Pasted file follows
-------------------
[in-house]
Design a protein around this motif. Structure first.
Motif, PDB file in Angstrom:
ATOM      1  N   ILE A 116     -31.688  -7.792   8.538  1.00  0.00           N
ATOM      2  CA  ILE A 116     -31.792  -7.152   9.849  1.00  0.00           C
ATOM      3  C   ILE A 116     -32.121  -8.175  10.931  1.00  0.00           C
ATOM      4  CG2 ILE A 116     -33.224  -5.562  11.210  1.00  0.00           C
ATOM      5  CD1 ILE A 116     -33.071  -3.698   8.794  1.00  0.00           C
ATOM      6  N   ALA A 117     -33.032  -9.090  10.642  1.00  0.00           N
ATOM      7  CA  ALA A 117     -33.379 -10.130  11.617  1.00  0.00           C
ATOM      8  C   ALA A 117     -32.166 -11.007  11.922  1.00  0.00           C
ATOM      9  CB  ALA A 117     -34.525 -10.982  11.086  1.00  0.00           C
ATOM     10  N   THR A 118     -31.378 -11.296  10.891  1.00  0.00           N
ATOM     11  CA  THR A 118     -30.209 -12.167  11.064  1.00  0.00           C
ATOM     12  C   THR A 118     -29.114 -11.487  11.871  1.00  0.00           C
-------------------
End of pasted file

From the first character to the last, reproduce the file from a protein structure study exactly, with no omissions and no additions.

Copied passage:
[in-house]
Design a protein around this motif. Structure first.
Motif, PDB file in Angstrom:
ATOM      1  N   ILE A 116     -31.688  -7.792   8.538  1.00  0.00           N
ATOM      2  CA  ILE A 116     -31.792  -7.152   9.849  1.00  0.00           C
ATOM      3  C   ILE A 116     -32.121  -8.175  10.931  1.00  0.00           C
ATOM      4  CG2 ILE A 116     -33.224  -5.562  11.210  1.00  0.00           C
ATOM      5  CD1 ILE A 116     -33.071  -3.698   8.794  1.00  0.00           C
ATOM      6  N   ALA A 117     -33.032  -9.090  10.642  1.00  0.00           N
ATOM      7  CA  ALA A 117     -33.379 -10.130  11.617  1.00  0.00           C
ATOM      8  C   ALA A 117     -32.166 -11.007  11.922  1.00  0.00           C
ATOM      9  CB  ALA A 117     -34.525 -10.982  11.086  1.00  0.00           C
ATOM     10  N   THR A 118     -31.378 -11.296  10.891  1.00  0.00           N
ATOM     11  CA  THR A 118     -30.209 -12.167  11.064  1.00  0.00           C
ATOM     12  C   THR A 118     -29.114 -11.487  11.871  1.00  0.00           C